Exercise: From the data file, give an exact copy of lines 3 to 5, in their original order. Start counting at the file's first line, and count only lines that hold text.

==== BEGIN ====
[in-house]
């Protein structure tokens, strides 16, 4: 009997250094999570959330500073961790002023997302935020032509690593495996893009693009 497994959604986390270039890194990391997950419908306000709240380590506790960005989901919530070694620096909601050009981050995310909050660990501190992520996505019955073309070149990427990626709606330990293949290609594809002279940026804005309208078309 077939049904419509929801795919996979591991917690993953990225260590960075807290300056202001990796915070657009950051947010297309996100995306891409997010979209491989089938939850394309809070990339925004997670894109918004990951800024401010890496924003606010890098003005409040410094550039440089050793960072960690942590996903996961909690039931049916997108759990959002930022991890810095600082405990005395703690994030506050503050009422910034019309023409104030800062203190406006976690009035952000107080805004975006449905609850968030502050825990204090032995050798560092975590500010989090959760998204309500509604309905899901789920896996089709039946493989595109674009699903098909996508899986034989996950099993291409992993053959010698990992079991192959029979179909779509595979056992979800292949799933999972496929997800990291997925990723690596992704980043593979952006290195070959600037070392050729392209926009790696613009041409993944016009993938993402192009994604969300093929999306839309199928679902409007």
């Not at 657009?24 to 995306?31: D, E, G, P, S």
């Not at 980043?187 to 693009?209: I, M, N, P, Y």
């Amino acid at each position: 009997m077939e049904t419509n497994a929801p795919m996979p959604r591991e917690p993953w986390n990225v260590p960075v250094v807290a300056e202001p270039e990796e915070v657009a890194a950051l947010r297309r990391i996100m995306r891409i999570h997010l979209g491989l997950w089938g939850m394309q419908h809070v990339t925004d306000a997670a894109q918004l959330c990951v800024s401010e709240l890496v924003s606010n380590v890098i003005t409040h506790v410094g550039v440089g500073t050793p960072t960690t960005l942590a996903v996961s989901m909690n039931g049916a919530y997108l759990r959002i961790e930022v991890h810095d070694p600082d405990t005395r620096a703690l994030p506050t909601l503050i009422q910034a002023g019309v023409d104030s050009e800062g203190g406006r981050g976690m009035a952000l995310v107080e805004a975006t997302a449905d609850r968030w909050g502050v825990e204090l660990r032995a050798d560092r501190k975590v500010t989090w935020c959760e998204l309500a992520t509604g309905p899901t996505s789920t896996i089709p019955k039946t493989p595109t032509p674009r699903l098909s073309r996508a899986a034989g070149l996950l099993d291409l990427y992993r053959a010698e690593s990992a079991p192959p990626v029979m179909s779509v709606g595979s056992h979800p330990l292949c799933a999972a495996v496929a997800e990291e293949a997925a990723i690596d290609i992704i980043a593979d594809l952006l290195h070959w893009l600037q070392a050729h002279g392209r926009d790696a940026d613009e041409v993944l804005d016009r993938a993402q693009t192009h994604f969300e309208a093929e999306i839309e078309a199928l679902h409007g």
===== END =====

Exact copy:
């Not at 657009?24 to 995306?31: D, E, G, P, S």
């Not at 980043?187 to 693009?209: I, M, N, P, Y």
């Amino acid at each position: 009997m077939e049904t419509n497994a929801p795919m996979p959604r591991e917690p993953w986390n990225v260590p960075v250094v807290a300056e202001p270039e990796e915070v657009a890194a950051l947010r297309r990391i996100m995306r891409i999570h997010l979209g491989l997950w089938g939850m394309q419908h809070v990339t925004d306000a997670a894109q918004l959330c990951v800024s401010e709240l890496v924003s606010n380590v890098i003005t409040h506790v410094g550039v440089g500073t050793p960072t960690t960005l942590a996903v996961s989901m909690n039931g049916a919530y997108l759990r959002i961790e930022v991890h810095d070694p600082d405990t005395r620096a703690l994030p506050t909601l503050i009422q910034a002023g019309v023409d104030s050009e800062g203190g406006r981050g976690m009035a952000l995310v107080e805004a975006t997302a449905d609850r968030w909050g502050v825990e204090l660990r032995a050798d560092r501190k975590v500010t989090w935020c959760e998204l309500a992520t509604g309905p899901t996505s789920t896996i089709p019955k039946t493989p595109t032509p674009r699903l098909s073309r996508a899986a034989g070149l996950l099993d291409l990427y992993r053959a010698e690593s990992a079991p192959p990626v029979m179909s779509v709606g595979s056992h979800p330990l292949c799933a999972a495996v496929a997800e990291e293949a997925a990723i690596d290609i992704i980043a593979d594809l952006l290195h070959w893009l600037q070392a050729h002279g392209r926009d790696a940026d613009e041409v993944l804005d016009r993938a993402q693009t192009h994604f969300e309208a093929e999306i839309e078309a199928l679902h409007g």